• It is used as an abrasive for sharpening hard tools, in making dies and in the manufacture of tungsten filaments for electric light bulbs.
  • Graphite: Graphite has a layered structure.
    • Different layers are held by weak van der Waals forces of attraction. Each layer contains planar hexagonal rings of carbon atoms.
    • Here each carbon atom is in sp2 hybridisation and makes three C-C sigma bonds with three neighbouring carbon atoms.
    • Fourth electron forms a π bond.
    • These electrons are delocalised and are mobile.
    • Therefore graphite conducts electricity.
    • Due to layered structure, it is very soft and slippery.
    • For this reason graphite is used as a dry lubricant in machines running at high temperature.
  • Fullerenes: These are the cage like spherical molecules of formula C60, C70, C76, C84 etc.
    • These are prepared by heating of graphite in an electric arc in the presence of inert gases like helium or argon.
    • The most commonly known fullerene is C60, which is known as Buckminster fullerene.
    • It contains twenty six- membered rings and twelve five membered rings.
    • A six membered ring is fused with six or five membered rings but a five membered ring can only fuse with six membered rings.
    • All the carbon atoms are equal and they undergo sp2 hybridisation.
    • Each carbon atom forms three sigma bonds with other three carbon atoms.
    • The remaining electron at each carbon is delocalised in molecular orbitals.
    • This gives an aromatic character to the molecule.

Thermodynamically, graphite is the most stable allotrope of carbon. Amorphous forms of carbon are charcoal, coke and carbon black. Carbon black is obtained by burning hydrocarbons in limited supply of air. Charcoal and coke are obtained by heating wood or coal respectively at high temperature in the absence of air.

Uses of Carbon

  • Graphite is used as electrodes in batteries and in electrolysis. It is also used for making tennis rackets, fishing rods, aircrafts etc.
  • Activated charcoal is used to adsorb poisonous gases. It is also used in water filters and in air conditioners.
  • Carbon black is used in black ink for printers and fillers in automobile tyres.
  • Coke is used as a fuel and as a reducing agent in metallurgy.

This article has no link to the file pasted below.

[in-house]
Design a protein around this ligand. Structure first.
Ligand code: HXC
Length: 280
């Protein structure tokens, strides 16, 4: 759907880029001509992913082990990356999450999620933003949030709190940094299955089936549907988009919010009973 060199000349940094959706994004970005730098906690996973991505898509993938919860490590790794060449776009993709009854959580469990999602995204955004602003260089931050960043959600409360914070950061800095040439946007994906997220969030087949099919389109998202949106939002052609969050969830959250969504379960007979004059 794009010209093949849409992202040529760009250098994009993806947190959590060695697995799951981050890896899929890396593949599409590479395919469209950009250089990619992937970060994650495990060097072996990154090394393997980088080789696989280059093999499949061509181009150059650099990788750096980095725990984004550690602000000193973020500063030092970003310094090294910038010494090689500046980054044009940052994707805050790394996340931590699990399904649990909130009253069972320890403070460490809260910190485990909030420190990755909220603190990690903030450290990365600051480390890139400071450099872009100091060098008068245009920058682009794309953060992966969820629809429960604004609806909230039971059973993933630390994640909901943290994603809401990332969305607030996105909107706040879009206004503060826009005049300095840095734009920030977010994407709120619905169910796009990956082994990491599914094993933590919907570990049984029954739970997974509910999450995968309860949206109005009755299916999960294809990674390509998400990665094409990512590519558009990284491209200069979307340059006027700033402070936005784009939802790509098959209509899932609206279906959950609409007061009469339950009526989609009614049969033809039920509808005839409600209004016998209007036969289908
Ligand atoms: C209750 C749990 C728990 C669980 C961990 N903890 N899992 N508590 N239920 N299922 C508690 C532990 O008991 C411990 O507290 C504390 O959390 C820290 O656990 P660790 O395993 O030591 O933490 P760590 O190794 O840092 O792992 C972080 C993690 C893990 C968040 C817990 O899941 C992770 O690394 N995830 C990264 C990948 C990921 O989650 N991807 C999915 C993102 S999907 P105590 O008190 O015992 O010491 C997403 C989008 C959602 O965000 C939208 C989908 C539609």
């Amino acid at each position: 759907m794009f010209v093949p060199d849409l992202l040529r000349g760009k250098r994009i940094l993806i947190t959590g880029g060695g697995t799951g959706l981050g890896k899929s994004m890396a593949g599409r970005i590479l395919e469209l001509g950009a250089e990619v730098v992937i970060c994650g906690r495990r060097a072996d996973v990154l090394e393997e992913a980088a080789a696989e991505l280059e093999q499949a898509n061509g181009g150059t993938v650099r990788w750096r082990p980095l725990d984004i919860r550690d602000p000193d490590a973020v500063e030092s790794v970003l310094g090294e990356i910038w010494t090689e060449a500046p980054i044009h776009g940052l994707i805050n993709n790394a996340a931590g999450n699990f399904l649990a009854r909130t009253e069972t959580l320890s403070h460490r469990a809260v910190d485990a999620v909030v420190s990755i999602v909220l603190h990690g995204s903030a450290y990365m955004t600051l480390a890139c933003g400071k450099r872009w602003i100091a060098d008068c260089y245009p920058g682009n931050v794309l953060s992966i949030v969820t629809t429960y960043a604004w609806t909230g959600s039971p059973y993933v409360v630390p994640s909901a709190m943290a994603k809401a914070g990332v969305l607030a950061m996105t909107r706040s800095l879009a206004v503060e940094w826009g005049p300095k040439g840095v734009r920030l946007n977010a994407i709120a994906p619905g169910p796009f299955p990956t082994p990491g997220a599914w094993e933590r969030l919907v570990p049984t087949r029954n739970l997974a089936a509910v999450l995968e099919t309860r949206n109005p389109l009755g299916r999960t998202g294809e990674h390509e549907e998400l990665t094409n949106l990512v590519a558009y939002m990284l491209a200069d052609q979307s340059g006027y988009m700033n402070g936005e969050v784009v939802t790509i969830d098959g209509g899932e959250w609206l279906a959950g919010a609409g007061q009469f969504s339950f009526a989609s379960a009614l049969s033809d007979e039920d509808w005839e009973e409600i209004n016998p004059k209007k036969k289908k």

• Diamond is used in jewellery.

Some important compounds of Carbon and Silicon

Oxides of Carbon: Two important oxides of carbon are carbon monoxide, CO and carbon dioxide, CO2.

1. Carbon Monoxide (CO):


Carbon burns in limited supply of air to give CO.

2C(s) + O2(g) → ∆ 2CO(g)

By the dehydration of formic acid with conc. H2SO4 at 373 K.


Commercially, it is prepared by passing steam over red hot coke.

C(s) + H2O(g) → CO(g) + H2(g)

The mixture of CO and H2 is known as water gas or Syn gas.

If instead of steam, air is passed over red hot coke, we get a mixture of CO and nitrogen commonly known as producer gas.

C(s) + O2(g) + 4N2(g) → 2CO(g) + N2(g)

Both water gas and producer gas are used as industrial fuels.

Properties: CO is a colourless, odourless toxic gas and is insoluble in water. It is a powerful reducing agent. It reduces almost all metal oxides.

Fe2O3(s) + 3CO(g) → 2Fe(s) + 3CO2(g)

ZnO(s) + CO(g) → Zn(s) + CO2(g)

Structure: In CO, there are one sigma and two pi bonds between carbon and oxygen (:C ≡ O:). Because of the presence of lone pair on carbon, CO molecule acts as an electron donor and reacts with metals to form metal carbonyls.

CO is highly poisonous in nature because it forms a highly stable complex with haemoglobin (carboxy haemoglobin). This prevents haemoglobin in RBC from carrying oxygen round the body. This will results in headache, weak eyesight, nervousness and even death.